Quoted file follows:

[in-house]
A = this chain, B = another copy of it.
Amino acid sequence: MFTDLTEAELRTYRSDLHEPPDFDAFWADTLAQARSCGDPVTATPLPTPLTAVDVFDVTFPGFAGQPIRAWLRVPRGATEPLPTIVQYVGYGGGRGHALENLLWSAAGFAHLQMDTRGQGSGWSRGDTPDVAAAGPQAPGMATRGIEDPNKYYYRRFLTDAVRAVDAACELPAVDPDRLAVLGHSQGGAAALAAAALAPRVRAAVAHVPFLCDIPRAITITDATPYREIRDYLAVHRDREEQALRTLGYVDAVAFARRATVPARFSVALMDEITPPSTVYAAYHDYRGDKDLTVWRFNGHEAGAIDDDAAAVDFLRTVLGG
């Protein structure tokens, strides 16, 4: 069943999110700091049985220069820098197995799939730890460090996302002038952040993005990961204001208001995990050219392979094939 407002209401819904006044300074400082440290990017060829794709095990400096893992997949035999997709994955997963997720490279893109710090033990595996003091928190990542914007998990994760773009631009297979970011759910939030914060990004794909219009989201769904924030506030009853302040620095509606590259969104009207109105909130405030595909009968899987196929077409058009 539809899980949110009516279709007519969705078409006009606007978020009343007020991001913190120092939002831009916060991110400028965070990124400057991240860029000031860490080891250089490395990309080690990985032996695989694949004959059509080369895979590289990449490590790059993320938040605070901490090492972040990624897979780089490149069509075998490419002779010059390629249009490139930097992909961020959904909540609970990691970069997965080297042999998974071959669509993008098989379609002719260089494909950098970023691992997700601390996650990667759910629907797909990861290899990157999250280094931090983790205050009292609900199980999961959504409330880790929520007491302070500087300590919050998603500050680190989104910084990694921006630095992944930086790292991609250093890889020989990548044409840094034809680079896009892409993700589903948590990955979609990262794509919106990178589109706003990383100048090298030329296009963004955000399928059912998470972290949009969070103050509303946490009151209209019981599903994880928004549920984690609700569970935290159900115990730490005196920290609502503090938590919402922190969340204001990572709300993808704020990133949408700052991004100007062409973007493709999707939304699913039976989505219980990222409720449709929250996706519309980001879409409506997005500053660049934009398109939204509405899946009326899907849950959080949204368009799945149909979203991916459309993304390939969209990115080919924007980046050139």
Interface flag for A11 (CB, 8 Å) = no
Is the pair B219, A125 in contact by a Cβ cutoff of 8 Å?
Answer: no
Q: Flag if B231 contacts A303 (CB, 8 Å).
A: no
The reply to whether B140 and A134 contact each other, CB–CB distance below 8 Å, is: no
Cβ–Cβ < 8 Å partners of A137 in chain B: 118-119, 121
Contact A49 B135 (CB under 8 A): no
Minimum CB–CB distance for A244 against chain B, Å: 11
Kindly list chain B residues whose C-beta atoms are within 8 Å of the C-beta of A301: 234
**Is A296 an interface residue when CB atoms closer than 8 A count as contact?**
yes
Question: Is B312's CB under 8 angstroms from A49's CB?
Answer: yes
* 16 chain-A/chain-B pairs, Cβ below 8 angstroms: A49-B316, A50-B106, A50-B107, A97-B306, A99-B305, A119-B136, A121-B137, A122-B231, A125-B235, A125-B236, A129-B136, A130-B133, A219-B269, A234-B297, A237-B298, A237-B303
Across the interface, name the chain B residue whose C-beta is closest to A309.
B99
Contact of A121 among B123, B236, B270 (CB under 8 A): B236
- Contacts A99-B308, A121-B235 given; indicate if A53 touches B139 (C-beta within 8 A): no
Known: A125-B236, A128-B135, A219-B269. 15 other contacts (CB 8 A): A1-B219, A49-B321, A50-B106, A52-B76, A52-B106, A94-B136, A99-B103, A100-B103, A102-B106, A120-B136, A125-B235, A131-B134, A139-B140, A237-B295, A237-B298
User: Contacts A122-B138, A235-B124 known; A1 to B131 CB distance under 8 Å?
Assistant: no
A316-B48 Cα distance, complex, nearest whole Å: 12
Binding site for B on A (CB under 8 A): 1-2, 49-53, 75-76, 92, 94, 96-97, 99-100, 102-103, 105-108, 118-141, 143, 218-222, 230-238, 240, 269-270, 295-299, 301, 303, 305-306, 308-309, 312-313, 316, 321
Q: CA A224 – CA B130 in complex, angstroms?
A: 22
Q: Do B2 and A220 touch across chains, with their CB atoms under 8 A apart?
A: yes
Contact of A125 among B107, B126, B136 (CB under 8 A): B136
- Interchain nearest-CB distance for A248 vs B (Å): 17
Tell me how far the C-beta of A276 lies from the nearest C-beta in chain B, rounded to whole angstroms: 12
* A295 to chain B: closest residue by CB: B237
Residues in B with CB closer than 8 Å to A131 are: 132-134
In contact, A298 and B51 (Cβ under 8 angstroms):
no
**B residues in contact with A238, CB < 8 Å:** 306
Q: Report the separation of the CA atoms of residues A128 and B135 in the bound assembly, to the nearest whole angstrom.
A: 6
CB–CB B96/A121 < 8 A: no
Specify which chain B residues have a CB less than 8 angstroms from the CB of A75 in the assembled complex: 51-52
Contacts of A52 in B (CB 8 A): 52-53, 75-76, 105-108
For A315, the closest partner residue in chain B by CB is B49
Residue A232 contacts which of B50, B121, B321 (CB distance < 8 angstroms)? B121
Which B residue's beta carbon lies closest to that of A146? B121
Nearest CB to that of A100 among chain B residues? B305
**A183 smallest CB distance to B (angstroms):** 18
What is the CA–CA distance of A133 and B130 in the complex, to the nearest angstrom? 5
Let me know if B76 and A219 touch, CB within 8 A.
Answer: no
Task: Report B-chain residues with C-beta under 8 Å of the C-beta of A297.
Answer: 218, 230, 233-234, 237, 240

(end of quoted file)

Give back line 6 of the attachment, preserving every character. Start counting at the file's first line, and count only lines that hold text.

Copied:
Is the pair B219, A125 in contact by a Cβ cutoff of 8 Å?